Travel Log #14: “Global Connections and Rites of Separation” Kathleen Flynn

In reflection of Slimbach’s quote, “If we allow, global learning will not only carry us into the world around us, but also into this world within” I think that it is important to relate the aspect of a story being formed during our abroad experience. Our stories upon returning to the US are all individual to us and highlight what was most significant to us. However, what Slimbach urges is that we realize something much deeper than just a story of what we saw, touched, tasted, or heard. We must allow ourselves to embrace the raw vulnerability of being in a foreign place, surrounded by people we have never met. By embracing how clueless, lost, and alien we feel the emotional walls stopping us from interacting with the locals around us diminish. As stated by one traveler, Henri Nouwen, “When we become aware that our stuttering, failing, vulnerable selves are loved even when we hardly progress, we can let go of our compulsion to prove ourselves and be free to live with others in the fellowship of the weak” (Slimbach, 65). In this way global learning carries us into the “world within” by exposing us to weaker sides of ourselves that we have never been forced to experience. Most importantly in this process, we interact with locals of our abroad community that perhaps we wouldn’t have normally. For example, one night in a panic after almost causing a small fire in my apartment’s circuit breaker room, I was faced with having to ask for help from another resident of the building. The first door I knocked on was opened to an older man who knew not a word of English and could barely understand the little Italian I knew. I was embarrassed thinking what the man thought of me: typical American student causing problems. However, as it turns out there was a much larger issue that I had drawn attention to, and one that could’ve caused much more damage had it not been fixed. In the end, the landowner visited my apartment to apologize for the occurrence and let me know that there was nothing to worry about. I will never forget his concern when he saw how shaken I was and his kindness in not making me feel bad for the occurrence.

While traveling as a global citizen we must “welcome local residents into our lives, to know them by name, and to bridge some of the deepest differences” (Slimbach, 67). This is one of the biggest challenges for American society where we are taught to be cautious around strangers, but we only limit ourselves by doing this. A global citizen should be able to realize that they are just as much strangers to other people as strangers are to them. In other words, we are all human so why not get to know one another and try to understand what makes us different. I’ve learned that sometimes all it takes is a smile for a local to stop and answer a question or strike up a conversation on the bus. I’ve also found it extremely to accept that you can’t understand everything on your own (especially abroad) and it can never hurt to ask a local. Many times this led to further conversations such as which restaurants to eat at or where to visit the hidden gems of the city.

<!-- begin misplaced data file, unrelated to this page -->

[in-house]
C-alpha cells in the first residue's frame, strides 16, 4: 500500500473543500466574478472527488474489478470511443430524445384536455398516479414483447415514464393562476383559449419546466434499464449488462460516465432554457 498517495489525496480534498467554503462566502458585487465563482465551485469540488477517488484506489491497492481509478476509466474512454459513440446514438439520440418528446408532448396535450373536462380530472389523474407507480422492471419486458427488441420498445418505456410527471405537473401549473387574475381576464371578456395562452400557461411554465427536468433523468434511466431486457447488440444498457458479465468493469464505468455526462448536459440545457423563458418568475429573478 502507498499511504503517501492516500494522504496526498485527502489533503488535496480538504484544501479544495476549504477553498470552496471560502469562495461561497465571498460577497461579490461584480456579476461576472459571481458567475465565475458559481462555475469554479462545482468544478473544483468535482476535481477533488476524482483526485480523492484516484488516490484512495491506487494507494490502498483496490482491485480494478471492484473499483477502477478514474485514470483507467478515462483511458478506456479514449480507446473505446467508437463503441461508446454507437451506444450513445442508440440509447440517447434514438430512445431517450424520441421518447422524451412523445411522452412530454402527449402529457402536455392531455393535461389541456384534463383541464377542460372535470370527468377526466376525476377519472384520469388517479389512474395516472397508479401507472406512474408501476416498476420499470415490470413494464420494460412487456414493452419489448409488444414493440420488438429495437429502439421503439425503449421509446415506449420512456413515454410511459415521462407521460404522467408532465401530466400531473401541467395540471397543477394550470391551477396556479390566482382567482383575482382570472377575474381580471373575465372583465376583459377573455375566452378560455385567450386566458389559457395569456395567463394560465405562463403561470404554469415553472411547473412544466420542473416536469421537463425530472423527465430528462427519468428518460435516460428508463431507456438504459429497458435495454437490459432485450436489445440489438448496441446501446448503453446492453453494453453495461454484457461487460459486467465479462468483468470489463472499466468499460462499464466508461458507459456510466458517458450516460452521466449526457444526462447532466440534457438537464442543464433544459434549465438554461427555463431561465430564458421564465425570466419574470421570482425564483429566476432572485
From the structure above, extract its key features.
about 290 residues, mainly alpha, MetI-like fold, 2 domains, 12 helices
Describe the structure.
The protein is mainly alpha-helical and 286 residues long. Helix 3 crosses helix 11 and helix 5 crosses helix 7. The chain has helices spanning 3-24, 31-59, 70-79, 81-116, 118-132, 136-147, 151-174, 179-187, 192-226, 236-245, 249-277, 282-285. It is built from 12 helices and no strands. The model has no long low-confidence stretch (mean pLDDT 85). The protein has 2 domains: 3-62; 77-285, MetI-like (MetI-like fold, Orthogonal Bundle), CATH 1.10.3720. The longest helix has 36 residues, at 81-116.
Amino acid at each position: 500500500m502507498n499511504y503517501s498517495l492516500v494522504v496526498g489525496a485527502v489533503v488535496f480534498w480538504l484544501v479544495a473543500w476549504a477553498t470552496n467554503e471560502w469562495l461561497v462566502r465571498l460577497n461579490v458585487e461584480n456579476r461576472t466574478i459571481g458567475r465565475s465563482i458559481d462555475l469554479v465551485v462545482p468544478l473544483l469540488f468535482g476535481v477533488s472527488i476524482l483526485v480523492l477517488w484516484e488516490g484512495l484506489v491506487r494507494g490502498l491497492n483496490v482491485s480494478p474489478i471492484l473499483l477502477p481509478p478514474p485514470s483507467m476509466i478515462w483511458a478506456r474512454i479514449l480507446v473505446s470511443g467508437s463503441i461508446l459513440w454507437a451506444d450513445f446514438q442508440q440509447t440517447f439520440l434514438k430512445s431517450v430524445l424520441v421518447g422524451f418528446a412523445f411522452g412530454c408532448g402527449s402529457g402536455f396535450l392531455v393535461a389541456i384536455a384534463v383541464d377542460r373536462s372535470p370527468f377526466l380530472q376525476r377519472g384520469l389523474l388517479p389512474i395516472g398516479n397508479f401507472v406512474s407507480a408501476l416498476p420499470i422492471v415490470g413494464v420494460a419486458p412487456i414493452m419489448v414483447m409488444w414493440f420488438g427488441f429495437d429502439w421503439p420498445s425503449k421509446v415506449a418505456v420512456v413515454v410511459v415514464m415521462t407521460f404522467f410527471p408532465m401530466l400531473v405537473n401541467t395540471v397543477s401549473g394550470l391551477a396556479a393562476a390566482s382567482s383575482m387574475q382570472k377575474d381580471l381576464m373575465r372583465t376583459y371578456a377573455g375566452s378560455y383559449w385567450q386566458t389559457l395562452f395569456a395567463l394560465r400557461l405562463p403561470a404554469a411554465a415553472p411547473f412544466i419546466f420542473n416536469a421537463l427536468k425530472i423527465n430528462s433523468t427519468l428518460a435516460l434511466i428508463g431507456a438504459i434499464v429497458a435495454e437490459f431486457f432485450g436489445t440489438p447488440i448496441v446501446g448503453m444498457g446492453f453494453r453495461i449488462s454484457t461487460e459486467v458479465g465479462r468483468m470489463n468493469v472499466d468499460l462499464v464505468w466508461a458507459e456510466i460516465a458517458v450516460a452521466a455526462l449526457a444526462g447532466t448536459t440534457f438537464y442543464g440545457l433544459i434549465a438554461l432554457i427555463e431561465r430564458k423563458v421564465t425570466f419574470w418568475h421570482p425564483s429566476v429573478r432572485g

Before leaving Florence I made a special visit to one of my favorite locals that I befriended abroad. Marco actually sold me my leather jacket at the beginning of the semester, but he always welcomed me back for a glass of wine or for someone to confide in when I missed home. On this last visit to the leather shop, he urged me to speak as much Italian as I could with him and said that he couldn’t wait for me to visit again and again, maybe one day with my children! Visiting Marco will for sure be my first stop the next time I’m in Florence.

As my time for departure draws near I am torn with separating from my home for the past four months, but I keep reminding myself that I have the rest of my life to come back and visit, or possibly live in, Florence. I have found myself taking in everything around me in every detail as if I will never see these things again. I’ve walked to my favorite spots, taking my favorite routes through the city and stopping for one last taste of my favorite pizza, gelato, and pasta. I think in this process I am happy realizing how connected I became that saying goodbye to Florence was hard. And as my final quote before I leave, “Goodbye may seem forever, farewell is like the end, but in my heart is a memory and there you’ll always be.” This to me is a reminder not to be upset about parting with Florence, but to find happiness in the fact that I had such a great experience that will always be a part of me.

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